A dramatic last-day finish meant that noisy neighbours Manchester City were crowned 2011-2012 Premier League champions and considering their quest for world domination, many believe the Belgian starlet will favour a move to Roberto Mancini’s men. However, the young winger could find it hard securing a consistent first-team spot, with David Silva and Samir Nasri already occupying attacking midfielder positions. United however will look to the starlet to reinvigorate an ageing midfield if he moves to Old Trafford.

Shinji Kagawa – Manchester United vs Arsenal

The Japanese winger has been a key part of Jurgen Klopp’s Bundesliga-winning side, getting 13 goals and 11 assists for the German champions this season. With interest from Manchester United and Arsenal, Borussia Dortmund will find it hard to keep their 23-year-old star-man, who is out of contract next summer.

Kagawa has already admitted his willingness to move to England, with a commercial value attached to the Asian superstar for his next side also. United are frontrunners for his signature, however Arsenal are also keen and have a recent track record of buying players from Dortmund.

Edinson Cavani – Chelsea vs Manchester City

Uruguay international Edinson Cavani has had a fantastic season for Napoli, impressing both domestically and in the Champions League, where he found the back of the net against both Manchester City and Chelsea. Both Premier League giants are interested in bringing the South American hitman to England, although City seem to be focussing more on capturing Robin Van Persie as their new attacker. The homegrown pair will be joined in the race by Serie A champions Juventus.

With the supposed exit of Ivorian veteran Didier Drogba, Cavani could be the perfect replacement, and having already shown ability in Europe, he could be exactly what Chelsea need if City purchase elsewhere.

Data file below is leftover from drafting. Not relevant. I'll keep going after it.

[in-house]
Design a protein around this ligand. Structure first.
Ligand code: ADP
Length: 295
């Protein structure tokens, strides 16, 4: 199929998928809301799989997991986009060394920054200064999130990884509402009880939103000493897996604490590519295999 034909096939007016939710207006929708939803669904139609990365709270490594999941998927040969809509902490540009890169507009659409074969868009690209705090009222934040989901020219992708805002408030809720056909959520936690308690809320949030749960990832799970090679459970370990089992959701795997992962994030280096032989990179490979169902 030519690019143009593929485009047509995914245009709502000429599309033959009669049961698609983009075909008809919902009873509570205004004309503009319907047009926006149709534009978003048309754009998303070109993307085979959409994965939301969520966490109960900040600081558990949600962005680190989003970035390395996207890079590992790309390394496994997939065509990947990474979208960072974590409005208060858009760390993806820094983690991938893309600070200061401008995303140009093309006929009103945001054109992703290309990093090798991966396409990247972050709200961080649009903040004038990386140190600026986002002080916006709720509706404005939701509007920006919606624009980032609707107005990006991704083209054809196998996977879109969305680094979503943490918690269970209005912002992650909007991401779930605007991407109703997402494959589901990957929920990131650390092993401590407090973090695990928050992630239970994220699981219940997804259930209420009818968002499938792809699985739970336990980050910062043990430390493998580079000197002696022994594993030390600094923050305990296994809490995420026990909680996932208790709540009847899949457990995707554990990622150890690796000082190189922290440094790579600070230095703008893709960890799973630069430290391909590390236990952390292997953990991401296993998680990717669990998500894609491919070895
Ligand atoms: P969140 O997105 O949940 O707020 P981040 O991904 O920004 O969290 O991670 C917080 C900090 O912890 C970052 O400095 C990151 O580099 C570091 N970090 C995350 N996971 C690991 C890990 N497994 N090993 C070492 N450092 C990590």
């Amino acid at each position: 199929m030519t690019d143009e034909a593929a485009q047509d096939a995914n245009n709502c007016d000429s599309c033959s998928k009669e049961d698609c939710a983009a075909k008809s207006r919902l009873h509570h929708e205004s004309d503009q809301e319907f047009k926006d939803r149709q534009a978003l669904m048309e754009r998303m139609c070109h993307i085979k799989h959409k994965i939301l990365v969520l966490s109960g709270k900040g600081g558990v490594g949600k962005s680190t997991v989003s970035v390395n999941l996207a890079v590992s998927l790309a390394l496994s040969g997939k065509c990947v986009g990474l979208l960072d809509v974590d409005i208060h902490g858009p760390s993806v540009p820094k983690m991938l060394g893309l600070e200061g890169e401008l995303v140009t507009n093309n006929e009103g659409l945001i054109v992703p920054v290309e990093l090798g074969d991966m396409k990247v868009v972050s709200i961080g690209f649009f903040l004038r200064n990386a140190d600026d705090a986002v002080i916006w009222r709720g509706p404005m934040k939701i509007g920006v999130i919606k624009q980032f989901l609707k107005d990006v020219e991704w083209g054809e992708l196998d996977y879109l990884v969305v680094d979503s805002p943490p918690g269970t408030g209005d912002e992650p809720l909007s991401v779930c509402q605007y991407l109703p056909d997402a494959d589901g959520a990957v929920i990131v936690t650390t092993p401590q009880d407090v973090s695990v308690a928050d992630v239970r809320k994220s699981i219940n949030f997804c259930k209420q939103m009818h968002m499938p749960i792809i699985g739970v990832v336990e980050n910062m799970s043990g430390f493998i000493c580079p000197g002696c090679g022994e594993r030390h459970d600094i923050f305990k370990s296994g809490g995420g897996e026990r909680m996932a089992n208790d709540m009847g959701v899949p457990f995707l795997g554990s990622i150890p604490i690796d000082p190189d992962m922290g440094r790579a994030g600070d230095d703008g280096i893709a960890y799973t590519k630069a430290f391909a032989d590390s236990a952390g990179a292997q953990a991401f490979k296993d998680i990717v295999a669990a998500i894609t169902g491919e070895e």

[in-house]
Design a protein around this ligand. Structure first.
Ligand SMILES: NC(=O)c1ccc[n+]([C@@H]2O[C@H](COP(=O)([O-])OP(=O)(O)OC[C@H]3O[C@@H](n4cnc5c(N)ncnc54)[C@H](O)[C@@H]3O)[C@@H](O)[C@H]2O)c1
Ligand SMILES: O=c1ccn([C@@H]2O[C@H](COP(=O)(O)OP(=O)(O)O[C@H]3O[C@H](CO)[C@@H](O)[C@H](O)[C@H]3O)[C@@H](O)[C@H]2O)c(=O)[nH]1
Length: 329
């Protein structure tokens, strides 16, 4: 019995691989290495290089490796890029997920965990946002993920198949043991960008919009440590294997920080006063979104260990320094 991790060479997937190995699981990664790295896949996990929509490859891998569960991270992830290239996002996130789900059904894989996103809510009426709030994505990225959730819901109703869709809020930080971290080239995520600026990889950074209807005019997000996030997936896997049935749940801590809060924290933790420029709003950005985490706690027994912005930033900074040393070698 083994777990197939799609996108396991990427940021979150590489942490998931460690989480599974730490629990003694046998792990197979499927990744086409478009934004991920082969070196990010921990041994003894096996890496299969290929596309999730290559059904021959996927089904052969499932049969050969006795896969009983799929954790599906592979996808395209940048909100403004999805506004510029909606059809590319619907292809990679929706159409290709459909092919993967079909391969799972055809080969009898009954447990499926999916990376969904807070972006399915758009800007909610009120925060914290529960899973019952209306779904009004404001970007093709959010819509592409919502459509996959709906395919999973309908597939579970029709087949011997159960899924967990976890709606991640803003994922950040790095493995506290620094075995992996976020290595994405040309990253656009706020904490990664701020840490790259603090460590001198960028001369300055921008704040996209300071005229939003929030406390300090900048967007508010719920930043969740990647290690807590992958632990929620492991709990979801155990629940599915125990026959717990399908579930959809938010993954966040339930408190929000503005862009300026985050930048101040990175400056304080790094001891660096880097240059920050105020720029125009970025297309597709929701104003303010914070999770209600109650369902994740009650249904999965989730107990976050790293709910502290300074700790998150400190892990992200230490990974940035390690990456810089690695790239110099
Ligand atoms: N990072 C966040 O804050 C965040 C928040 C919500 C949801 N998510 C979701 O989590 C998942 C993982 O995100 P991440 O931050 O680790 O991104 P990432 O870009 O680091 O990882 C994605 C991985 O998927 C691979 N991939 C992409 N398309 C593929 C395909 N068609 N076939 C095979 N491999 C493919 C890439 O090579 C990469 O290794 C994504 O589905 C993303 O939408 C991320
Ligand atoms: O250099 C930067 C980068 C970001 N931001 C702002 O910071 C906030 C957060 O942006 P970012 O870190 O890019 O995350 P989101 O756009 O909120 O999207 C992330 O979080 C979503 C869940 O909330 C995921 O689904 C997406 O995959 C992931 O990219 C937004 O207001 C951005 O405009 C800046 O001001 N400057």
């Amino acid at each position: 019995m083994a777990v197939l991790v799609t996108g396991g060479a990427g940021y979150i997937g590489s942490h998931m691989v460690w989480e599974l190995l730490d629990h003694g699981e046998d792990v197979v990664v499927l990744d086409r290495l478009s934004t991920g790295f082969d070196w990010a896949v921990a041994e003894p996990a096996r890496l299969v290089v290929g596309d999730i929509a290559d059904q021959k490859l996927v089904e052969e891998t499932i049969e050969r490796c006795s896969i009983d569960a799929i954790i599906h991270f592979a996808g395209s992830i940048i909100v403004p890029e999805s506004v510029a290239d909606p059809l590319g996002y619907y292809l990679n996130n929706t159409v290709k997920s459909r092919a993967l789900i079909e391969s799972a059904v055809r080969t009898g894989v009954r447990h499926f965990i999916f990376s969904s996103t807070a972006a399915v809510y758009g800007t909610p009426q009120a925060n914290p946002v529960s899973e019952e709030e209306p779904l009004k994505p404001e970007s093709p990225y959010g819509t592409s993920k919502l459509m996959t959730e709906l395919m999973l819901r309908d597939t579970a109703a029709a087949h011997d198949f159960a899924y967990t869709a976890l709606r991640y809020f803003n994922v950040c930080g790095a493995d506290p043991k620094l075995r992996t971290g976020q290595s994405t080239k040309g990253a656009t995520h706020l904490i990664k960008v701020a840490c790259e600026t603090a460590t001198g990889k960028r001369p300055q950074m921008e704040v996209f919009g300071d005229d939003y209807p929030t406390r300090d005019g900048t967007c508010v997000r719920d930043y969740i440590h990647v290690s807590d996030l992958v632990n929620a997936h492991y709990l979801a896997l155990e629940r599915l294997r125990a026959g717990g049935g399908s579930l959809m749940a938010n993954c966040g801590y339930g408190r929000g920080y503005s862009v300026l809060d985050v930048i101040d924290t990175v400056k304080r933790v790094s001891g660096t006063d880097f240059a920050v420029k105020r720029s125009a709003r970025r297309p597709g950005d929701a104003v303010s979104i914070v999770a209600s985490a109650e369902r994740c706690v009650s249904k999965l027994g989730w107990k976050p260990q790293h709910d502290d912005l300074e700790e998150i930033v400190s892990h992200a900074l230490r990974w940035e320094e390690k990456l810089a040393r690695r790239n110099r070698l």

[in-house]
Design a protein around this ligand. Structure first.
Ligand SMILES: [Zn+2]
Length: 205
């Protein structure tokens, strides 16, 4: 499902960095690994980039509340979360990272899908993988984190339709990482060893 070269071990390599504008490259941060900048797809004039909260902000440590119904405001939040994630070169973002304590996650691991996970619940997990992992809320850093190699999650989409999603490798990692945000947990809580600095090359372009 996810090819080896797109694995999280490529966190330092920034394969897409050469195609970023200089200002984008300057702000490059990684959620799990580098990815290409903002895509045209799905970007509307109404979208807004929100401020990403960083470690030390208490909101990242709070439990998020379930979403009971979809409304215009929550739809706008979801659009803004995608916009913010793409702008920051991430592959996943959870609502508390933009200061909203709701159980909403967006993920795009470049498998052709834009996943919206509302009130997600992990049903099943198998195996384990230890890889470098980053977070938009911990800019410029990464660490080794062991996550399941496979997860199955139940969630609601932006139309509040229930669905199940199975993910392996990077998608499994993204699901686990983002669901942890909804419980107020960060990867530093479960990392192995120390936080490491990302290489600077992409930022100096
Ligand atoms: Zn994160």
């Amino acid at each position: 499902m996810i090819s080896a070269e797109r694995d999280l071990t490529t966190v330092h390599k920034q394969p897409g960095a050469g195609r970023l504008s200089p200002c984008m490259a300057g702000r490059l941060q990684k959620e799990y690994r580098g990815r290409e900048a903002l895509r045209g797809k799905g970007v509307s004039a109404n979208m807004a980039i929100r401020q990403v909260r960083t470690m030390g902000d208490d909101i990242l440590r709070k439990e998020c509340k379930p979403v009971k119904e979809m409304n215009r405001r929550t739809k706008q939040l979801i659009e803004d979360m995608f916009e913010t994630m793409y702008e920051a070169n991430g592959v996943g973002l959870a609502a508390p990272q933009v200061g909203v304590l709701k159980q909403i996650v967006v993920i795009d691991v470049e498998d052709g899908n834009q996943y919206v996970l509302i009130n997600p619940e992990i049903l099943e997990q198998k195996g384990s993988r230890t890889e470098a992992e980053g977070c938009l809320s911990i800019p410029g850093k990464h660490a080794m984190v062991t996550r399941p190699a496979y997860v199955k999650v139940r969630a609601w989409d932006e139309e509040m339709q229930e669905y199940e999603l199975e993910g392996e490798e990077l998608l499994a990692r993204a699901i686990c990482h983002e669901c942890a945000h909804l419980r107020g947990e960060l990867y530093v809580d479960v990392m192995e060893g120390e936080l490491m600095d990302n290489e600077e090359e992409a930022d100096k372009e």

Jan Vertonghen – Arsenal vs Tottenham

Another example of Ajax’s outstanding and prolific youth system, centre-half Jan Vertonghen is currently being fought over by north London rivals Arsenal and Tottenham.

Although rumoured to have already agreed personal terms, the White Hart Lane outfit could miss out on the 25 year-old defender due to the Eredivisie champions’ inflated asking price.

It is obvious that Harry Redknapp is intent on strengthening the defence, and the Belgian centre-back would be a perfect addition to the squad. However countryman Thomas Vermaelen is eager to tempt his international comrade to the Emirates, and Arsenal are still in the hunt.

Robin Van Persie – Arsenal vs Manchester City

2011-2012 Premier League top goalscorer Robin Van Persie has attracted serious interest from newly-crowned champions Manchester City, after scoring 30 league goals and winning the PFA Player of the Year award.

With one year left on his current deal, keeping the Netherlands international at Arsenal will be at the top of Arsene Wenger’s priority list this summer. However, with a natural desire to win trophies at the biggest clubs in the world, Van Persie may be inclined to make a move north to join former team-mates Gael Clichy, Kolo Toure and Samir Nasri.

Currently undergoing contract talks, the coming weeks will be vital in seeing what the future holds for the Arsenal hero. Money may also be a key issue; Arsenal are willing to shatter their wage structure and offer £130,00 per week, whilst City are thought to be eager to almost double this at £250,000 per week.